Briefly, the first chapter in Technology Integration and High Possibility Classrooms: Building from TPACK examines global policy and education trends in technology integration in Australia, the USA and the UK. There is a critique of East Asian models of schooling and a picture of technology integration in schools in Singapore and South Korea is illustrated. Chapter 2 discusses other models for technology integration principally TPACK and there is a brief reference to SAMR (Puentedura, 2006). The view of HPC as action knowledge is proposed towards the end of this chapter.
The following four chapters (3-6) are the case studies from the research and readers come to understand the worlds of Gabby, Gina, Nina and Kitty: early years, primary or elementary, middle and high school classrooms. In January Education HQ commissioned a series of articles about the teachers in the HPC study and if you click on each of the links above you will see a quick offering from the classrooms to acquaint yourself with the kind of practices that I argue will shift teaching and learning in our schools.
Each chapter in the book has an end section for professional conversation using a series of discussion pointers to guide professional learning in technology integration in teacher education whether that might be in-service or pre-service teachers. I trust it will be useful. The case studies in the book are timely and add to what we know about technology integration from exemplary teachers’ perspectives – see Figure 1. They are inspirational examples for all teachers, they are being mapped to the AITSL standards and more research to validate the HPC model in mainstream classrooms is currently being conducted in primary and high schools.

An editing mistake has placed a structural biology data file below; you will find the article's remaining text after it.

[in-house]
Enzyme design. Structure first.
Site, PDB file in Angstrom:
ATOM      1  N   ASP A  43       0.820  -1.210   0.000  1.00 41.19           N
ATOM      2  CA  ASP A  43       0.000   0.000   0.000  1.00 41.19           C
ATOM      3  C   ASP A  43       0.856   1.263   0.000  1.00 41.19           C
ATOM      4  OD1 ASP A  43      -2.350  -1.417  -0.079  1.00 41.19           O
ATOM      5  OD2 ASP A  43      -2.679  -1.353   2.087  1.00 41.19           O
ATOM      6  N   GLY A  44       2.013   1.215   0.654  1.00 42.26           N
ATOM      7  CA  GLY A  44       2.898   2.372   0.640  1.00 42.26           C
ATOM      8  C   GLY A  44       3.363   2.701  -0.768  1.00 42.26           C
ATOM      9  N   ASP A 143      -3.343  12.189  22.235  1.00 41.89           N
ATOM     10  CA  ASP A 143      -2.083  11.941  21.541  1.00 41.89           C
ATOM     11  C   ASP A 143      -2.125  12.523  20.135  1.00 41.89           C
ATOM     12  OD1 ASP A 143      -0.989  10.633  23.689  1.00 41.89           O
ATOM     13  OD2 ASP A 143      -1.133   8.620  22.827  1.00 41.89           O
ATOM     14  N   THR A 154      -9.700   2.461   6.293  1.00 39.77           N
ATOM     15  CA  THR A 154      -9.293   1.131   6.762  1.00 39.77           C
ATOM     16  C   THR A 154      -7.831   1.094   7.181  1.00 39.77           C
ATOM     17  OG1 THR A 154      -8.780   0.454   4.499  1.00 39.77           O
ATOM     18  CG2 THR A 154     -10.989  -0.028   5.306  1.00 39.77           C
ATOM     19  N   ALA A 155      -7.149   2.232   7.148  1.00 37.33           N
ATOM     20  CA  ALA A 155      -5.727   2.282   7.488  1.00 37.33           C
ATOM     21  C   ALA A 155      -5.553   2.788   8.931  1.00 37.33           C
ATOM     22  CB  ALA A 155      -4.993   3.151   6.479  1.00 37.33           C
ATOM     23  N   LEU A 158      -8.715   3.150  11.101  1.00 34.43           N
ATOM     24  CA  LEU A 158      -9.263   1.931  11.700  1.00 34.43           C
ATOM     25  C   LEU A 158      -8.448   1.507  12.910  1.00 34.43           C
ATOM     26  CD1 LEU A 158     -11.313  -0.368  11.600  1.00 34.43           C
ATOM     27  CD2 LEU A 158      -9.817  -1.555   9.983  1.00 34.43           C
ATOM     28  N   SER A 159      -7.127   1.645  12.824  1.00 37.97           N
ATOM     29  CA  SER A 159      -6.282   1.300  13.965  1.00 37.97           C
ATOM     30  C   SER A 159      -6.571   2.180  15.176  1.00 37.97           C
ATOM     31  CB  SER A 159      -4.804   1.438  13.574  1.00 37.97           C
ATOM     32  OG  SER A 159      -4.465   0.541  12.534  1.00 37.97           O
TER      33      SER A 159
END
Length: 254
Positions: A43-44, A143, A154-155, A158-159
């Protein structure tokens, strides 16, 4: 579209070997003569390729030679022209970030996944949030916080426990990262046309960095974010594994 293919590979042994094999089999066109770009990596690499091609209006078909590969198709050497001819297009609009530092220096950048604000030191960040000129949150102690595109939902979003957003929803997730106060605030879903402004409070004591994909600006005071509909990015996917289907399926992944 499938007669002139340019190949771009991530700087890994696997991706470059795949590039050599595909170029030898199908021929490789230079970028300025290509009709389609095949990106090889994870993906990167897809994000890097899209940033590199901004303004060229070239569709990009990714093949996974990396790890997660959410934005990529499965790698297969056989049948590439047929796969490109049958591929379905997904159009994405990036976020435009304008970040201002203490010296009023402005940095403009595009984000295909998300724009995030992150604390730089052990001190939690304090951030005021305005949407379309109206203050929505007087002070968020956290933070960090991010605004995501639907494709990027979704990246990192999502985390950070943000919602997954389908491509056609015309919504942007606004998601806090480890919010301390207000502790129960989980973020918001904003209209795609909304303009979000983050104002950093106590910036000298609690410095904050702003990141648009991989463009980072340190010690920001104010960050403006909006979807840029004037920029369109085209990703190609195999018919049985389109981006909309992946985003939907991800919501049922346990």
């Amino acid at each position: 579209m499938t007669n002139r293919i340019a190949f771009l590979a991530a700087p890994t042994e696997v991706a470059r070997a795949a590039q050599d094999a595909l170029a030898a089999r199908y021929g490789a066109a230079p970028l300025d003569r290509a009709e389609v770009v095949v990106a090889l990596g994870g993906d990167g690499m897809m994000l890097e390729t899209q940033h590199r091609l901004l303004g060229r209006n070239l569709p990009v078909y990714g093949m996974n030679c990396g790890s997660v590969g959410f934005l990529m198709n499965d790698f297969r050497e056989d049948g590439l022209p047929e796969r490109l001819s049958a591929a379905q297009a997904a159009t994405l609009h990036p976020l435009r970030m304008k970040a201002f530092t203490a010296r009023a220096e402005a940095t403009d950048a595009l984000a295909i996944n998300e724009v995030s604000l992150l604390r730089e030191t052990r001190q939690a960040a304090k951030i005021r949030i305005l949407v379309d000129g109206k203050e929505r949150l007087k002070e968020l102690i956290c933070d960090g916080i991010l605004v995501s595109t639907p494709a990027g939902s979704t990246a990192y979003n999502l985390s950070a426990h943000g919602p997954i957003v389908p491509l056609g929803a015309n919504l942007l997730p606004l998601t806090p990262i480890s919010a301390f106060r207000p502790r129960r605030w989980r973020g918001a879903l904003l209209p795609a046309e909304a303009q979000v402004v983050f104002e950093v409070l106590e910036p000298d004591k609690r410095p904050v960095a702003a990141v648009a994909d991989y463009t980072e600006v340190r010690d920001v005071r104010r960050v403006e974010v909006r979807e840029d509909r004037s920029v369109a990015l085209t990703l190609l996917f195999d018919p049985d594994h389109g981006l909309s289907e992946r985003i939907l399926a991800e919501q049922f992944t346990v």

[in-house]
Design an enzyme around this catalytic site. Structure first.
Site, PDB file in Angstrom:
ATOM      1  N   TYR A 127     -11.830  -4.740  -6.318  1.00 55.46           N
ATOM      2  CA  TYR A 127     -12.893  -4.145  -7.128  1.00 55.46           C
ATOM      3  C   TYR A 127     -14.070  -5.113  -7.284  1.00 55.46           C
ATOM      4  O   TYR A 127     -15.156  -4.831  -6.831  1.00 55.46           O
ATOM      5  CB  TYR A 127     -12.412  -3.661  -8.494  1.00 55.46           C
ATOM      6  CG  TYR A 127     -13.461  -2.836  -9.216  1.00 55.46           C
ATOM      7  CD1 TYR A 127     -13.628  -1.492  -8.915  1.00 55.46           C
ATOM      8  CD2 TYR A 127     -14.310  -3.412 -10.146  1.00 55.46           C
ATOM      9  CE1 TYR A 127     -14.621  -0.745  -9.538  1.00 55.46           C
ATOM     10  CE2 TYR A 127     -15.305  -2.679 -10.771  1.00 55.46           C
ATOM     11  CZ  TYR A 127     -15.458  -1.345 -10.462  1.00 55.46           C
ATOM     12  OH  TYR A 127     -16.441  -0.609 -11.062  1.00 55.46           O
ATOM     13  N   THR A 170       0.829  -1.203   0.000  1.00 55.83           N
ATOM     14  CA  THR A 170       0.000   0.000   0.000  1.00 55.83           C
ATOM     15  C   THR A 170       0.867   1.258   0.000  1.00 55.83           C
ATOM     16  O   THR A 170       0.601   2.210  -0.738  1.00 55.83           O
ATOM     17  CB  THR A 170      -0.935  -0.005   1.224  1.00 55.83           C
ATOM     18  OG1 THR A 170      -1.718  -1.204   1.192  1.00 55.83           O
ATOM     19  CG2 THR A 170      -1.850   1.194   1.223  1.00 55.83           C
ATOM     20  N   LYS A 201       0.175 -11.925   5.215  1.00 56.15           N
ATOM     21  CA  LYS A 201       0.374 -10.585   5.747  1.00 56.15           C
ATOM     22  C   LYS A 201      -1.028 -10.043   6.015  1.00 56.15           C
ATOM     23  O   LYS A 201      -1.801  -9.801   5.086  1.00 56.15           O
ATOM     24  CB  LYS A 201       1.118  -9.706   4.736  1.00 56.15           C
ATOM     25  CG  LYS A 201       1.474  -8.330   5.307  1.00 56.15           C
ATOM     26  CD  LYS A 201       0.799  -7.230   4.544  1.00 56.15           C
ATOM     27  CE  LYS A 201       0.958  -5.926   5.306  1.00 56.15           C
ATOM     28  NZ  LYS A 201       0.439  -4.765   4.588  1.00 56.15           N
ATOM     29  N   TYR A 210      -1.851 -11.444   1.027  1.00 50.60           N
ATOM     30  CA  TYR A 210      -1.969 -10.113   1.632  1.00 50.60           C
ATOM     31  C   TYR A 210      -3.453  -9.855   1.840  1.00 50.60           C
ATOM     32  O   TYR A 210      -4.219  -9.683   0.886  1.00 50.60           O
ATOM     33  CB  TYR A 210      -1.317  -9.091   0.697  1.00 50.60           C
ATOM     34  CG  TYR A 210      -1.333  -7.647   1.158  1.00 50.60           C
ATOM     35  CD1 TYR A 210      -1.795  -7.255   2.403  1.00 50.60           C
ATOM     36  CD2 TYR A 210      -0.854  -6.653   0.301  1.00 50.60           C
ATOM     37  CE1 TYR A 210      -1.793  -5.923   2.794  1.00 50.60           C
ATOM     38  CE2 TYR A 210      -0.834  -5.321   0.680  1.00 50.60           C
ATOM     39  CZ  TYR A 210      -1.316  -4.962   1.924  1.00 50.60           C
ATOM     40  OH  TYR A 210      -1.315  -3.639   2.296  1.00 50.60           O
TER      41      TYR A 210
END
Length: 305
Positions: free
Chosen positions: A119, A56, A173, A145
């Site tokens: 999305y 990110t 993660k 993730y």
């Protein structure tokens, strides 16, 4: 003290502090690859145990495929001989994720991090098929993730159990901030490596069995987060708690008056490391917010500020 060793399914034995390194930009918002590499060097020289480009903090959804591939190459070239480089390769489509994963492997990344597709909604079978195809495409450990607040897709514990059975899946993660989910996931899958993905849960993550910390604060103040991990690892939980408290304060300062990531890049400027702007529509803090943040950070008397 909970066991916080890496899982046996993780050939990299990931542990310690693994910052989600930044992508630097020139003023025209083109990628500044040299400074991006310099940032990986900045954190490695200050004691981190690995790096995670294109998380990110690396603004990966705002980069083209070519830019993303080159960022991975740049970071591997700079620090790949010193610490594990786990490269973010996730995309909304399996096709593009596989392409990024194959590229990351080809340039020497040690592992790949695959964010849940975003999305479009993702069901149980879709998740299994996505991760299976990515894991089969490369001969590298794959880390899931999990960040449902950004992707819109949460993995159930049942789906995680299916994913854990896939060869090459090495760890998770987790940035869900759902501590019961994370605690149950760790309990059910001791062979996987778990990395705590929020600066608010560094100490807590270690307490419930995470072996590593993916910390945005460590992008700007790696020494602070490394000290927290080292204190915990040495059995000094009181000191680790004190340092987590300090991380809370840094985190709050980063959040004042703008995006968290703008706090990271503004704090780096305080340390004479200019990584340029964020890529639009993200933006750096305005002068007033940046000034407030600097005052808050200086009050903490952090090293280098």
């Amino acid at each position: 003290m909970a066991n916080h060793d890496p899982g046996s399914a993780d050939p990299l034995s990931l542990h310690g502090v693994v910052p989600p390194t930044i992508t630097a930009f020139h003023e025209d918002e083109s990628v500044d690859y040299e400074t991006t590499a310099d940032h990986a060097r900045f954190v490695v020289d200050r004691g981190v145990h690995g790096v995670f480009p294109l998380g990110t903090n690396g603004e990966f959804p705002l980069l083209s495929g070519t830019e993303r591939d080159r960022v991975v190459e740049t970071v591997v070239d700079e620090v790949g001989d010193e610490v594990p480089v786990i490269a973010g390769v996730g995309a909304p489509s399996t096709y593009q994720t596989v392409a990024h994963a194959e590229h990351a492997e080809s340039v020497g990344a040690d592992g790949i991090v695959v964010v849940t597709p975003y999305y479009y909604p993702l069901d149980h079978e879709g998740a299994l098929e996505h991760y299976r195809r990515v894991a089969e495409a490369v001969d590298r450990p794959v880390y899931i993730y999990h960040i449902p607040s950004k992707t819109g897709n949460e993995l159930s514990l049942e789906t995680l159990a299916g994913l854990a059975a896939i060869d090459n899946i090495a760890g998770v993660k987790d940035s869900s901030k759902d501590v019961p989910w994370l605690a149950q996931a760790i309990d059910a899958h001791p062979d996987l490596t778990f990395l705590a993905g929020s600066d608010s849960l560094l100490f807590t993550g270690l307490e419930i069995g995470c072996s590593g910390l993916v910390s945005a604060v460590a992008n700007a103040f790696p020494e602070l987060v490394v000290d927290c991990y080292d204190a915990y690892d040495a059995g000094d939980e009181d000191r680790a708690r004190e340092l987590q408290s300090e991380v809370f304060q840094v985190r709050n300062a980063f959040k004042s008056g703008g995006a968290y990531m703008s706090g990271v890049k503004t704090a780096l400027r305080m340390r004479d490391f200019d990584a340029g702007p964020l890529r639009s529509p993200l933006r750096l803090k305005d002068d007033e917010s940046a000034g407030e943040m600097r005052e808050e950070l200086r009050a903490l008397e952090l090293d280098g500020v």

I will use Technology Integration and High Possibility Classrooms: Building from TPACK in my own teaching – in teacher education we have the dual imperative to know how to use technology/learning management systems/blended learning approaches and so on; however we also have to model the rich pedagogical practices that we want our future teachers to action in classrooms.
I look forward to continuing the conversation.
Craft, A. (2000). Creativity across the primary curriculum: Framing and developing practice. London: Routledge.
Craft, A. (2002). Creativity in the early years: A lifewide foundation. London: Routledge.
Craft, A. (2005). Creativity in schools: Tensions and dilemmas. Abingdon: Routledge.
Craft, A. (2006). Creativity and wisdom? Cambridge Journal of Education,36(3), 336-350.
Craft, A. (2011a). Approaches to creativity in education in the United Kingdom. In J. Sefton-Green, P. Thomson, K. Jones, & L. Bresler, (Eds), The Routledge international handbook of creative learning. Abingdon: Routledge.
Craft, A. (2011b). Creativity and education futures: Learning in a digital age. Stoke on Trent: Trentham Books.
Craft, A. (2012). Childhood in a digital age: Creative challenges for educational futures. London Review of Education, 10 (2), 173-190. Retrieved fromhttp://dx.doi.org/10.1080/14748460.2012.691282
Furlong, J. (2013). Education – An anatomy of the discipline. Abingdon, England: Routledge
Hunter, J. (2015). Technology Integration and High Possibility Classrooms: Building from TPACK. New York: Routledge.
Mishra, P., & Koehler, M.J. (2006). Technological pedagogical content knowledge: A new framework for teacher knowledge. Teachers College Record,108(6), 1017–1054.
Puentedura, R.R. (2006). Transformation, Technology, and Education. Retrieved from http://hippasus.com/resources/tte/
* The post was first published on the School of Education 21st Century Learning blog supported by academics at the University of Western Sydney on 9 March.